Big Country emerged from the aftermath of the UK punk scene in the late 1970s. Stuart Adamson had been the guitarist in the Dunfermline-based group the Skids, one of the first Scottish acts from that era to make the transition from local heroes to national chart success with hits including ‘Into The Valley’ and ‘Working For The Yankee Dollar’. In keeping with the spirit of the times, Adamson moved quickly on, putting together his own band as featured singer together with local guitarist Bruce Watson and a rhythm section of London session musicians Tony Butler (bass) and Mark Brzezicki (drums).
Their first single ‘Harvest Home’, released in 1982, was a harbinger of the hits to come – a chanted chorus, driven along by skirling guitars, a galloping drum beat, and an ancient folk wisdom: “Just as you sow, you shall reap”. The song remained a perennial live favourite, even though it was the only one of their early singles which failed to reach the chart. The first album, The Crossing, released in 1983, refined and defined the band’s unique approach. At a time when British pop was dominated by synthesizer bands from Depeche Mode to the Human League, The Crossing produced by Steve Lillywhite (who also produced U2 and Simple Minds), swam defiantly against the tide. The band’s twin guitar attack, with its high-pitched tone and distinctive, Caledonian cadences, was often likened to the sound of bagpipes – an unusual comparison which underlined the group’s distinctive sound and Celtic folk roots. Housing the hit singles ‘Fields Of Fire (400 Miles)’, ‘In A Big Country’ (the band’s only US hit) and ‘Chance’, The Crossing was certified platinum in the UK and established the band as a new driving force in a British rock scene that had rather lost its way.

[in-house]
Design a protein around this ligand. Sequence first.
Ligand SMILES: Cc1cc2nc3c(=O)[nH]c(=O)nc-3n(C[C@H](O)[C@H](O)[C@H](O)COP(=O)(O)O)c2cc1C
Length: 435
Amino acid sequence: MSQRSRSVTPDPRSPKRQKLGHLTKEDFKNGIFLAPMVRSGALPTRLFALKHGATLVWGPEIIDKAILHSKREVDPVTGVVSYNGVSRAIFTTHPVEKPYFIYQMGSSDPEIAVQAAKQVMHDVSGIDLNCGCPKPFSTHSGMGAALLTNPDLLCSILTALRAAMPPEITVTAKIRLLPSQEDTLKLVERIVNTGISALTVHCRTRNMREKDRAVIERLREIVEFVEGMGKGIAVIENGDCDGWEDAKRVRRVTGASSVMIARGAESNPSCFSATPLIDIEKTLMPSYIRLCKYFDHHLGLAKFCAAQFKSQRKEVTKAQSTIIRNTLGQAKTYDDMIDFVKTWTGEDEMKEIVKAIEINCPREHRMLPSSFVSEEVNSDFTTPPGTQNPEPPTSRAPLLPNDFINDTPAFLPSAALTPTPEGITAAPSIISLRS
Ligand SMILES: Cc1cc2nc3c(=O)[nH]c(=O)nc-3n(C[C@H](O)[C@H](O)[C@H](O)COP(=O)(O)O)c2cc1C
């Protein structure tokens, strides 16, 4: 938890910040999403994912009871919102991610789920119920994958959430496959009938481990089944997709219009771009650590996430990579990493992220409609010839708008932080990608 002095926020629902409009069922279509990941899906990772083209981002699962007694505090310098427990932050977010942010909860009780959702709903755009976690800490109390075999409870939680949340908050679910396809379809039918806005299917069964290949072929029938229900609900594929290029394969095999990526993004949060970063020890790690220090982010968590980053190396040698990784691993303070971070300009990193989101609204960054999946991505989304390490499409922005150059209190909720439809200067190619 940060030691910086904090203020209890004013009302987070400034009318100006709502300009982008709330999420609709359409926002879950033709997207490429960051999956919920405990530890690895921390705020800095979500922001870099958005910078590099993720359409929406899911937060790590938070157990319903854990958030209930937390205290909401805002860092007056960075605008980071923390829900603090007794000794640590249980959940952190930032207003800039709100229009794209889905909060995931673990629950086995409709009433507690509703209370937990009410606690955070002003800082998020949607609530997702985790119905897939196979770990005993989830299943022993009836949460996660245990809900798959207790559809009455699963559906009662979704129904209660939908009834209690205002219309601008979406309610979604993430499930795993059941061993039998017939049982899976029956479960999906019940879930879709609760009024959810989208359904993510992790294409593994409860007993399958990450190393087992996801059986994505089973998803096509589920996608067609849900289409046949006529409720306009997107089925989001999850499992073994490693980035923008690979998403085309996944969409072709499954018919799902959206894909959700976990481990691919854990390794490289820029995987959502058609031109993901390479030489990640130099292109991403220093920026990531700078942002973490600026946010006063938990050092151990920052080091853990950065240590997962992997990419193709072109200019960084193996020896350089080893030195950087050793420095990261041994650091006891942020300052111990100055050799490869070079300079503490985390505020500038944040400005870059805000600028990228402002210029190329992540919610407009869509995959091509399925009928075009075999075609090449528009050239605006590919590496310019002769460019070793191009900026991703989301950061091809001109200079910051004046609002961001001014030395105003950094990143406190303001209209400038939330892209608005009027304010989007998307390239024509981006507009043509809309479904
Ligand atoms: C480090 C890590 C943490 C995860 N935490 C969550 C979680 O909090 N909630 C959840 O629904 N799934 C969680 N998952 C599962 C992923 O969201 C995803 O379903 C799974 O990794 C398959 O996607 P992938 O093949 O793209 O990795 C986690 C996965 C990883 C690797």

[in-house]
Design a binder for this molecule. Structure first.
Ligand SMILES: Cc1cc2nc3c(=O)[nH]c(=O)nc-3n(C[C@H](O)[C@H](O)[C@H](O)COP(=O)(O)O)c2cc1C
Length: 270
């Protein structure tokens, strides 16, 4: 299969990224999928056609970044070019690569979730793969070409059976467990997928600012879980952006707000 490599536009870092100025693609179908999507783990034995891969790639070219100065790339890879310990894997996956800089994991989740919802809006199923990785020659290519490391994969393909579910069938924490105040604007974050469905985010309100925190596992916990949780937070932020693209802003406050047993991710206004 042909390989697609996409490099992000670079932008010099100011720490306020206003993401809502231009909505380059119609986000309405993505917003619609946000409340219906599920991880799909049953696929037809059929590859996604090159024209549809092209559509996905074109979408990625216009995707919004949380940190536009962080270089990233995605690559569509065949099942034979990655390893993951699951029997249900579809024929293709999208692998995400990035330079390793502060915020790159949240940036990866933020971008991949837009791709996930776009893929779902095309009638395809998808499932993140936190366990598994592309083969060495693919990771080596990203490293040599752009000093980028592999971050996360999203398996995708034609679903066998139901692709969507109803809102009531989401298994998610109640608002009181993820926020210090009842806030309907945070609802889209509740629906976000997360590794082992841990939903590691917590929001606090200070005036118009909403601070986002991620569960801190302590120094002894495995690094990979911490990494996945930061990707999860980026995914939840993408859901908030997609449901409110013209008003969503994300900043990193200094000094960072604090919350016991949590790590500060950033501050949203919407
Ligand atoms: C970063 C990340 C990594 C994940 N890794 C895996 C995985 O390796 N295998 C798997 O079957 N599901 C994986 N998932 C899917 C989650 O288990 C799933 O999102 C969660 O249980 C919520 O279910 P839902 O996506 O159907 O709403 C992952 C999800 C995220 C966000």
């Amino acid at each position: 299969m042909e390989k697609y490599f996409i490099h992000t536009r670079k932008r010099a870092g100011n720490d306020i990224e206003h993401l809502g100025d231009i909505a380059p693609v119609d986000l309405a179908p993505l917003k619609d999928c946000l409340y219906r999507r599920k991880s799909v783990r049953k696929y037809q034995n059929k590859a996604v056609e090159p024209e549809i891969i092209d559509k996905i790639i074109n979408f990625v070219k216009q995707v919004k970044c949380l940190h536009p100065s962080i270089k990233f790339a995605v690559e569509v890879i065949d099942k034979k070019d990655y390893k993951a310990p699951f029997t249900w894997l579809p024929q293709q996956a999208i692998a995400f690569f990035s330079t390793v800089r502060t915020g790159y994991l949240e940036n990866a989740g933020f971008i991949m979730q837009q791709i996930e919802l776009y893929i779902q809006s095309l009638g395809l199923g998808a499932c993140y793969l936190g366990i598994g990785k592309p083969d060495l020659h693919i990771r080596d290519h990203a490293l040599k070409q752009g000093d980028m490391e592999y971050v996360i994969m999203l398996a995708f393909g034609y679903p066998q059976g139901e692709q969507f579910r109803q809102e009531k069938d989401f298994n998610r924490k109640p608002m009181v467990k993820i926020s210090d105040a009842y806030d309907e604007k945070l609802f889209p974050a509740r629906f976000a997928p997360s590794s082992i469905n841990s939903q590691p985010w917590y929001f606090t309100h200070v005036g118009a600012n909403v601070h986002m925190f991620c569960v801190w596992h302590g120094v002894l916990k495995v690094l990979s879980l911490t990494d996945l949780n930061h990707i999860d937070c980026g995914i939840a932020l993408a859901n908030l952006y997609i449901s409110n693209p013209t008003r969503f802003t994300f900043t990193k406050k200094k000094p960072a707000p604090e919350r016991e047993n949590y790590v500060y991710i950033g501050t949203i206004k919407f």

A stand-alone single, ‘Wonderland’, restating the theme of an honest life lived in the great outdoors, sailed into the UK Top 10 at the start of 1984. Then, in October, the band’s second album Steeltown, again produced by Lillywhite, entered the UK chart at No.1. The title track told the story of the Scottish diaspora of 1935 at the height of the Great Depression when workers reluctantly sought employment in the newly-opened steelworks in Corby, Northamptonshire. “All the landscape was the mill/Grim as the reaper with a heart like hell,” Adamson sang as the band pumped out a beat like a great, industrial steam hammer. With its Soviet propagandist cover artwork the album captured the oppositional mood of the times in the UK during the Thatcher years, when the industrial landscape was blighted by mine and factory closures.